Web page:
- What is it?
A Human Health Risk Assessment (HHRA) is the process that evaluates the likelihood that adverse health effects are occurring or may occur as the result of exposure by humans to one or more stressors by one or more exposure pathways. In CERCLA or RCRA Corrective Action, HHRA is used specifically to mean a qualitative and/or quantitative evaluation of the actual or potential impacts of contaminants from hazardous waste sites on human receptors. There are several classes of human receptors, based on age, gender, and include special populations such as the immunocompromised. For risk to human health to exist, the contaminant must have the ability to cause an adverse effect and it must co-occur with or contact a person long enough and at a strong enough intensity to cause the adverse effect.
- Why is this important?
We hold ourselves to a very high standard to protect human health, as well as the environment. An HHRA is an integral portion of the RI/FS process, designed to support risk management decision-making. The RI component of the process characterizes the nature and extent of contamination, and estimates risk to relevant humans posed by contaminants at the site. The FS component develops and evaluates remedial options. Even though the majority of DoD sites are not designated as Superfund sites, HHRAs are performed using the US EPA Risk Assessment Guidance for Superfund, also known as RAGS. Volume I Human Health Evaluation Manual, Interim Final, Dec 1989 at http://www.epa.gov/oswer/riskassessment/ragsa/inde... is the first of six parts (A – F) detailing the lengthy processes.
- How do we do HHRAs?
Following the US EPA Superfund guidance for HHRAs, we use a multi-step process, with five basic steps:
- Planning and Scoping
- Hazard Identification
- Dose-Response Assessment
- Exposure Assessment
- Risk Characterization
The EPA begins its risk assesment by first planning and conducting research; Hazard identification looks at whether a stressor has the potential to cause harm to humans; Dose-response assessment examines the numerical relationship between exposure and effects; Exposure assessment covers what is known about the frequency, timing, and levels of contact with a stressor; and Risk characterization details how well the data support conclusions about the nature and extent of the risk from exposure to stressor(s).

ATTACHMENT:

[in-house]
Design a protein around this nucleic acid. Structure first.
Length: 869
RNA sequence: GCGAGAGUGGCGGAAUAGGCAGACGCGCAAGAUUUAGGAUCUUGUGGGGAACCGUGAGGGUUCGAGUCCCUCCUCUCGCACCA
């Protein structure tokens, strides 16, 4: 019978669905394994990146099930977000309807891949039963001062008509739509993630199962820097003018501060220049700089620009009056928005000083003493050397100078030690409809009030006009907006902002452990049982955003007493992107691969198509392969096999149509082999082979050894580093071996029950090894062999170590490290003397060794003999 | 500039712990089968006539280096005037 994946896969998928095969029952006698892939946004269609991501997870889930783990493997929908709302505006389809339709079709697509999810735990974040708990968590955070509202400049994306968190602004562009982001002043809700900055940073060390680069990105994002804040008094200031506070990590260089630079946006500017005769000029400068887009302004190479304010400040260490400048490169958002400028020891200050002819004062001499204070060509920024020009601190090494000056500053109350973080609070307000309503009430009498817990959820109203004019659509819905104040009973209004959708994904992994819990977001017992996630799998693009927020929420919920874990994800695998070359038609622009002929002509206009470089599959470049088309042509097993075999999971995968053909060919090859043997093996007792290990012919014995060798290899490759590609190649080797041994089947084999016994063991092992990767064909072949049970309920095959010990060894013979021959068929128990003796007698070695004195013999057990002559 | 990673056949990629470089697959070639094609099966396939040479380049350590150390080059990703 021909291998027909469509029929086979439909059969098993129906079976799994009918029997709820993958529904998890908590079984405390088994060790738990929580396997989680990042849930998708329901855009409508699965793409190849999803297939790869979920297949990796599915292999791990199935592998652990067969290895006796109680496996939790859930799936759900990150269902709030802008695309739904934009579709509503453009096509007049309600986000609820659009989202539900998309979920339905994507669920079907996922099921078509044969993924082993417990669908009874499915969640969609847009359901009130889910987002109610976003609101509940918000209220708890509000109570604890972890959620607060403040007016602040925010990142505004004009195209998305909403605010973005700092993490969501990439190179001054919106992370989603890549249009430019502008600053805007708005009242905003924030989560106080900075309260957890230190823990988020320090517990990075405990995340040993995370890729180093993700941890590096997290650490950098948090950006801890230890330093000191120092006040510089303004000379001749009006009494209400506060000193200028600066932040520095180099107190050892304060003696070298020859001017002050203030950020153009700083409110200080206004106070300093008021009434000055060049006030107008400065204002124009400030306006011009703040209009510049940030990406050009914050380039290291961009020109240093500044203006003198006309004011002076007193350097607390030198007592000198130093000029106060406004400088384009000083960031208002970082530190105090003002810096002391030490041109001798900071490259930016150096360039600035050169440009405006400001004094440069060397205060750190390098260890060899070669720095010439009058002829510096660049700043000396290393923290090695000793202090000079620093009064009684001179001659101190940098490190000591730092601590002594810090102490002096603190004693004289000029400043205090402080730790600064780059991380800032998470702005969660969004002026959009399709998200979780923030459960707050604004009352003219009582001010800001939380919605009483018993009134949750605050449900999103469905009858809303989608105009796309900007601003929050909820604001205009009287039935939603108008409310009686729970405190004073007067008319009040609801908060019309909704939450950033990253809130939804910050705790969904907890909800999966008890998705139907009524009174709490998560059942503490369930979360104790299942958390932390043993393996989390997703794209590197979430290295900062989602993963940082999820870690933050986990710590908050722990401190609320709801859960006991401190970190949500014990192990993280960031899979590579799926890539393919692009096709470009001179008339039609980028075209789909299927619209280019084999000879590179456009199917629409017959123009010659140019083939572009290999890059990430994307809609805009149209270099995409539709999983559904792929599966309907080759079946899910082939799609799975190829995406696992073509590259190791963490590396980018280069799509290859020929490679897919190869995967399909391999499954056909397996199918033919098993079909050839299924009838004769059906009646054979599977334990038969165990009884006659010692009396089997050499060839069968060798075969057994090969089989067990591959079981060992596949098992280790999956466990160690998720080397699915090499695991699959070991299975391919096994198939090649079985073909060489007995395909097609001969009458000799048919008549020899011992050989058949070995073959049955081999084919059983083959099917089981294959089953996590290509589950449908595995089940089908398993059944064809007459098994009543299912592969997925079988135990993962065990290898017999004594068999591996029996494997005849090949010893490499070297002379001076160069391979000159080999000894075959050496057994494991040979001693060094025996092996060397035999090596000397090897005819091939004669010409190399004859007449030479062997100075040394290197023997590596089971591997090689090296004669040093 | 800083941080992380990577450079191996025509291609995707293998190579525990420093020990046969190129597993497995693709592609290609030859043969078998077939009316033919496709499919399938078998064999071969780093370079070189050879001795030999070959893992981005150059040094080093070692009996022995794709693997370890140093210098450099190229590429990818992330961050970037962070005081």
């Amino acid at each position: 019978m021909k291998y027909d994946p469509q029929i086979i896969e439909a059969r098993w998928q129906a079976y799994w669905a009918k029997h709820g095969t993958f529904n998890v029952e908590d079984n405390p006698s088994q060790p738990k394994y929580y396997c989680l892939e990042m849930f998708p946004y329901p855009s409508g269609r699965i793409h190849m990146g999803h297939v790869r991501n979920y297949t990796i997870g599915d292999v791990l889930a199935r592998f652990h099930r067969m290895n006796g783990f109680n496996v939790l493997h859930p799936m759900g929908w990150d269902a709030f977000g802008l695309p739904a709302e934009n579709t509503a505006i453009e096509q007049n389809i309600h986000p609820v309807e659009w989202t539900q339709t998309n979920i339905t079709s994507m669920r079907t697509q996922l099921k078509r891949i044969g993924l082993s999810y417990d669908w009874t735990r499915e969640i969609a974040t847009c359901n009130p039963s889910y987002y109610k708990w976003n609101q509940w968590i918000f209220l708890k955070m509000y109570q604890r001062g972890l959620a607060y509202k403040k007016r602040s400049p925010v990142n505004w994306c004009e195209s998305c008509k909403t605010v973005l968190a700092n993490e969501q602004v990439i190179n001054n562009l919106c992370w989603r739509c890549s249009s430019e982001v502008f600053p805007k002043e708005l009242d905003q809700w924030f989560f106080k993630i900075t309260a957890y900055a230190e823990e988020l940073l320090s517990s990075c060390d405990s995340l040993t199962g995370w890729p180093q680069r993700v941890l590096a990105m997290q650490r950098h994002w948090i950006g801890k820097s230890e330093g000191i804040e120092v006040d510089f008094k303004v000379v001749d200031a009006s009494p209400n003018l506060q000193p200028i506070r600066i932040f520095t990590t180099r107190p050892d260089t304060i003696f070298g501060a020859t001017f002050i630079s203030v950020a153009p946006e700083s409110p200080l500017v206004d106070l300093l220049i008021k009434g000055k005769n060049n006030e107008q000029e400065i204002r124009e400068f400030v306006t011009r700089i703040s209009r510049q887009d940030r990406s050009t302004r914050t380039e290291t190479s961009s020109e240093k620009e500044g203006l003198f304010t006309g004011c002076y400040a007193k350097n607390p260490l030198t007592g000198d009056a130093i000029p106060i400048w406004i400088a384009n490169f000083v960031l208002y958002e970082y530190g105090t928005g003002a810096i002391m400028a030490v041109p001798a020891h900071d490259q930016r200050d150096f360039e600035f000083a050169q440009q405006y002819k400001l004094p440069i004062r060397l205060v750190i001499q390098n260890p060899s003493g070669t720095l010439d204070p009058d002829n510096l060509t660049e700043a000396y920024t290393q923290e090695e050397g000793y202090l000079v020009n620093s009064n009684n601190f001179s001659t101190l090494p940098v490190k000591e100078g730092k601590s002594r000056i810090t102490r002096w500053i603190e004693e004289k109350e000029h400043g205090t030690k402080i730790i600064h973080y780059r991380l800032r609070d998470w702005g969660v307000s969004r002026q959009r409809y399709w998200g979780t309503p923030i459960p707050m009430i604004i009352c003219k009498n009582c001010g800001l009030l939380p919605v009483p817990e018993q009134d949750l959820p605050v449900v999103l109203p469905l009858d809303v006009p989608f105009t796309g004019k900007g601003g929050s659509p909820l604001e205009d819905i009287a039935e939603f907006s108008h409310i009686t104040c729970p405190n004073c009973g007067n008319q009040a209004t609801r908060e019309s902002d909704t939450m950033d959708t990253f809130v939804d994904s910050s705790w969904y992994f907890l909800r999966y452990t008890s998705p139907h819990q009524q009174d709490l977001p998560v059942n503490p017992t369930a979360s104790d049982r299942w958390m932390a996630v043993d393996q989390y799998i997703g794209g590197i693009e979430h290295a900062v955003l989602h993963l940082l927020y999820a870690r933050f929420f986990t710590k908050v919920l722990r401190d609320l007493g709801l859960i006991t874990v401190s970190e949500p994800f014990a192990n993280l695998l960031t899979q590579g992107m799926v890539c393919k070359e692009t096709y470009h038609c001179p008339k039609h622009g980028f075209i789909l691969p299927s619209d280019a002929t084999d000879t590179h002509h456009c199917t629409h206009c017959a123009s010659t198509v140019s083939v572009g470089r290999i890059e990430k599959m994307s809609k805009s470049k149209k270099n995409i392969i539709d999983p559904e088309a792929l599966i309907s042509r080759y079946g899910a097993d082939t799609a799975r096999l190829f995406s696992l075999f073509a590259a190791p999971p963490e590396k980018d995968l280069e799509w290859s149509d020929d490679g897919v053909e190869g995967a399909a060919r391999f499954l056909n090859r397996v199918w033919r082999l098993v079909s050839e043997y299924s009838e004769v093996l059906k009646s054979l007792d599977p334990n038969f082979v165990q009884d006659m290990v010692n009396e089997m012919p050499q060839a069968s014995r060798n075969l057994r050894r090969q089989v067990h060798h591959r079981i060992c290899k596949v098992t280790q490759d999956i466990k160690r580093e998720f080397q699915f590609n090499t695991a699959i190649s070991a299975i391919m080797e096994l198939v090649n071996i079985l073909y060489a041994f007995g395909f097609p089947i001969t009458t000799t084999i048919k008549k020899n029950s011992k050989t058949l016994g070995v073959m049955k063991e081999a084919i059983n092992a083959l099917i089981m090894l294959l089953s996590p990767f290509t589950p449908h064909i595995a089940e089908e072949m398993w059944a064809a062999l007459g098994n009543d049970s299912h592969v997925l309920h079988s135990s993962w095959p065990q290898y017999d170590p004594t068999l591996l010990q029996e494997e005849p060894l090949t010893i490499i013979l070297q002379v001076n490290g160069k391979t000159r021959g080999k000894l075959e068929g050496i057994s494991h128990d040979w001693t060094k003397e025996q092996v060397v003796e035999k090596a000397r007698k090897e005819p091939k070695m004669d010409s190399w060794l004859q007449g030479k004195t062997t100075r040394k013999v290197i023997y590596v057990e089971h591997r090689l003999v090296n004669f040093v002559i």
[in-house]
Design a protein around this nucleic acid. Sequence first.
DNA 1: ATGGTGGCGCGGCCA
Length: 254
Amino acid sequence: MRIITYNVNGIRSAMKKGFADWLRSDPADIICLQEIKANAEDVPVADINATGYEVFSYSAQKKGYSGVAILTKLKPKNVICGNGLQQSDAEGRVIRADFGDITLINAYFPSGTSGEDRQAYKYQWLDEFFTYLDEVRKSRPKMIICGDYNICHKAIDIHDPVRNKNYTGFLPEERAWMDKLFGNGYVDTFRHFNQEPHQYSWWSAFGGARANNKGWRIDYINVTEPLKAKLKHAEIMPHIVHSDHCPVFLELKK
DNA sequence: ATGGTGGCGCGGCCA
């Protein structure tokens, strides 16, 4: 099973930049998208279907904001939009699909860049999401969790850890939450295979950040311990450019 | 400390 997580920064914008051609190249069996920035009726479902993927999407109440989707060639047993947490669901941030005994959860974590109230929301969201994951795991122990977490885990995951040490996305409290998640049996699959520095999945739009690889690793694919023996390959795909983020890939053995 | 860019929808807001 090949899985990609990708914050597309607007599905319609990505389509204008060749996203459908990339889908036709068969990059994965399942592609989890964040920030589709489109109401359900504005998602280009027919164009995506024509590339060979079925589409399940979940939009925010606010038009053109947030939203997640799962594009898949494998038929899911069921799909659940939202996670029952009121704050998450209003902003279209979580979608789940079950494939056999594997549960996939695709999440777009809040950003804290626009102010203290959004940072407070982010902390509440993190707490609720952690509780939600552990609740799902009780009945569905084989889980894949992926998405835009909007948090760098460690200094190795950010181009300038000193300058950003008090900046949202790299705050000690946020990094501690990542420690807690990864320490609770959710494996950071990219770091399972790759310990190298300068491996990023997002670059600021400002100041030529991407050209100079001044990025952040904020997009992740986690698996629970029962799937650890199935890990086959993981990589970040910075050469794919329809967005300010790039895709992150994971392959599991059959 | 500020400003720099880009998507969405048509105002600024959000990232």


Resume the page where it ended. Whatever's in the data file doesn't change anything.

- What assistance is available?
The science of HHRA has really expanded, and EPA offers many guidance documents at the EPA website. For assistance with specific HHRA issues, individuals or installations may contact the Army Institute of Public Health/U.S. Army Public Health Command (AIPH/PHC), U.S. Army Edgewood Chemical & Biological Center (ECBC), the U.S. Army Corps of Engineers (USACE), U.S. Army Corps of Engineers Environmental and Munitions Center of Expertise (EM CX) Directorate, or the USAEC individuals who specialize in risk assessment protocols, ecology, toxicology and natural resources.
- Read more about it:
- How DoD looks at new (or changing) chemicals and compounds: the Materials of Evolving Regulatory Interest Team process.
- Military Specific Exposure Factors Study, (1998); time-on-station, age, gender, other military personnel-related factors
- Air Force Assignment Data Analysis Report, (2000); time-on-station, other military personnel-related factors
- U.S. Navy and Marine Corps Facilities
- Tri-Service Position Paper on Background Levels in Risk Assessment (2011)
- Because TCE and vapor intrusion (VI) are of interest, a few documents are included:
- DoD Vapor Intrusion Handbook (2009)
- Errata Sheet, DoD VI Handbook
- Trichloroethylene (TCE) Risk Assessment Guidance for Contaminated Sites, Alliance for Risk Assessment
- Tri-Service Environmental Risk Assessment Workgroup Questions / Answers on Dioxin (2013)